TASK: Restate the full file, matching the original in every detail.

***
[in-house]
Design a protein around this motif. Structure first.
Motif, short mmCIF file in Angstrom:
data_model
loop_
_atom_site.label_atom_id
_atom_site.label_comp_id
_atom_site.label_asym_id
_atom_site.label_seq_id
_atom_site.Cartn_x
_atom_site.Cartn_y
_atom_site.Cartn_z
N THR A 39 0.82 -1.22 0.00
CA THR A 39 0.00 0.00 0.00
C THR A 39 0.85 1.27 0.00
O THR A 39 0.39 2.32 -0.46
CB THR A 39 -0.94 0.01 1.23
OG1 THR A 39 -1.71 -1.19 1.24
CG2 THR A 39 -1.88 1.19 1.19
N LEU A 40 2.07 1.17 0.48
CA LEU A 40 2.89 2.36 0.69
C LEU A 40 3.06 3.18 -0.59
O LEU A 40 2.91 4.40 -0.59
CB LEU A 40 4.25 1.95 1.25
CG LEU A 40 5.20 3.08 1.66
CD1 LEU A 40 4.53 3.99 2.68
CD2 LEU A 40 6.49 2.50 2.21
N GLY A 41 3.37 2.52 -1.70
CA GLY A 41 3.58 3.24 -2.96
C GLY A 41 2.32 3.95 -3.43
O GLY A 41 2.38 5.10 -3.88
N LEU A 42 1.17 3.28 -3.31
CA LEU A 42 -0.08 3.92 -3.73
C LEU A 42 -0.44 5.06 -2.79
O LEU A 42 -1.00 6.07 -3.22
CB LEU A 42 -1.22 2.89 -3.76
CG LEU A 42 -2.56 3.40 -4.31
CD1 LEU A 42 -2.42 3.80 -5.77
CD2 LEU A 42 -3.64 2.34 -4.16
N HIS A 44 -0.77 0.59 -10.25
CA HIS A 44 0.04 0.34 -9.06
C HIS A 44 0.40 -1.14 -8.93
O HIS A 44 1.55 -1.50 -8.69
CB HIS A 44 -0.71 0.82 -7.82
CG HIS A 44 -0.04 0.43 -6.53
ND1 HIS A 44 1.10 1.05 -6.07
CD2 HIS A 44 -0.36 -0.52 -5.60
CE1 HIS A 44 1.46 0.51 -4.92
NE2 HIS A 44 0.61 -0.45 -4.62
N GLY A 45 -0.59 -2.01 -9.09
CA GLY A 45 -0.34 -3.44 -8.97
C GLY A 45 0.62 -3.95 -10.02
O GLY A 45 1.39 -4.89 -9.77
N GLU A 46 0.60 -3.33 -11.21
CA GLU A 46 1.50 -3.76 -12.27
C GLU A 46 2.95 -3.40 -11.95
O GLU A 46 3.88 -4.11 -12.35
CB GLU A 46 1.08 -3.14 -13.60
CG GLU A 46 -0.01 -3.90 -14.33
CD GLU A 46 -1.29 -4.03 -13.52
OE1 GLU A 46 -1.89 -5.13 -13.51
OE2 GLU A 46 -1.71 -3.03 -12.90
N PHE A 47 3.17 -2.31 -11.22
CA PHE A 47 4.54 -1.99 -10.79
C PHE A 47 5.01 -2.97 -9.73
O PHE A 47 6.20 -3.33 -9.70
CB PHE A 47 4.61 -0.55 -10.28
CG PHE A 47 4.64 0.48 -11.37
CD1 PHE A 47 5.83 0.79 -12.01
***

[in-house]
Design a protein around this motif. Structure first.
Motif, short mmCIF file in Angstrom:
data_model
loop_
_atom_site.label_atom_id
_atom_site.label_comp_id
_atom_site.label_asym_id
_atom_site.label_seq_id
_atom_site.Cartn_x
_atom_site.Cartn_y
_atom_site.Cartn_z
N THR A 39 0.82 -1.22 0.00
CA THR A 39 0.00 0.00 0.00
C THR A 39 0.85 1.27 0.00
O THR A 39 0.39 2.32 -0.46
CB THR A 39 -0.94 0.01 1.23
OG1 THR A 39 -1.71 -1.19 1.24
CG2 THR A 39 -1.88 1.19 1.19
N LEU A 40 2.07 1.17 0.48
CA LEU A 40 2.89 2.36 0.69
C LEU A 40 3.06 3.18 -0.59
O LEU A 40 2.91 4.40 -0.59
CB LEU A 40 4.25 1.95 1.25
CG LEU A 40 5.20 3.08 1.66
CD1 LEU A 40 4.53 3.99 2.68
CD2 LEU A 40 6.49 2.50 2.21
N GLY A 41 3.37 2.52 -1.70
CA GLY A 41 3.58 3.24 -2.96
C GLY A 41 2.32 3.95 -3.43
O GLY A 41 2.38 5.10 -3.88
N LEU A 42 1.17 3.28 -3.31
CA LEU A 42 -0.08 3.92 -3.73
C LEU A 42 -0.44 5.06 -2.79
O LEU A 42 -1.00 6.07 -3.22
CB LEU A 42 -1.22 2.89 -3.76
CG LEU A 42 -2.56 3.40 -4.31
CD1 LEU A 42 -2.42 3.80 -5.77
CD2 LEU A 42 -3.64 2.34 -4.16
N HIS A 44 -0.77 0.59 -10.25
CA HIS A 44 0.04 0.34 -9.06
C HIS A 44 0.40 -1.14 -8.93
O HIS A 44 1.55 -1.50 -8.69
CB HIS A 44 -0.71 0.82 -7.82
CG HIS A 44 -0.04 0.43 -6.53
ND1 HIS A 44 1.10 1.05 -6.07
CD2 HIS A 44 -0.36 -0.52 -5.60
CE1 HIS A 44 1.46 0.51 -4.92
NE2 HIS A 44 0.61 -0.45 -4.62
N GLY A 45 -0.59 -2.01 -9.09
CA GLY A 45 -0.34 -3.44 -8.97
C GLY A 45 0.62 -3.95 -10.02
O GLY A 45 1.39 -4.89 -9.77
N GLU A 46 0.60 -3.33 -11.21
CA GLU A 46 1.50 -3.76 -12.27
C GLU A 46 2.95 -3.40 -11.95
O GLU A 46 3.88 -4.11 -12.35
CB GLU A 46 1.08 -3.14 -13.60
CG GLU A 46 -0.01 -3.90 -14.33
CD GLU A 46 -1.29 -4.03 -13.52
OE1 GLU A 46 -1.89 -5.13 -13.51
OE2 GLU A 46 -1.71 -3.03 -12.90
N PHE A 47 3.17 -2.31 -11.22
CA PHE A 47 4.54 -1.99 -10.79
C PHE A 47 5.01 -2.97 -9.73
O PHE A 47 6.20 -3.33 -9.70
CB PHE A 47 4.61 -0.55 -10.28
CG PHE A 47 4.64 0.48 -11.37
CD1 PHE A 47 5.83 0.79 -12.01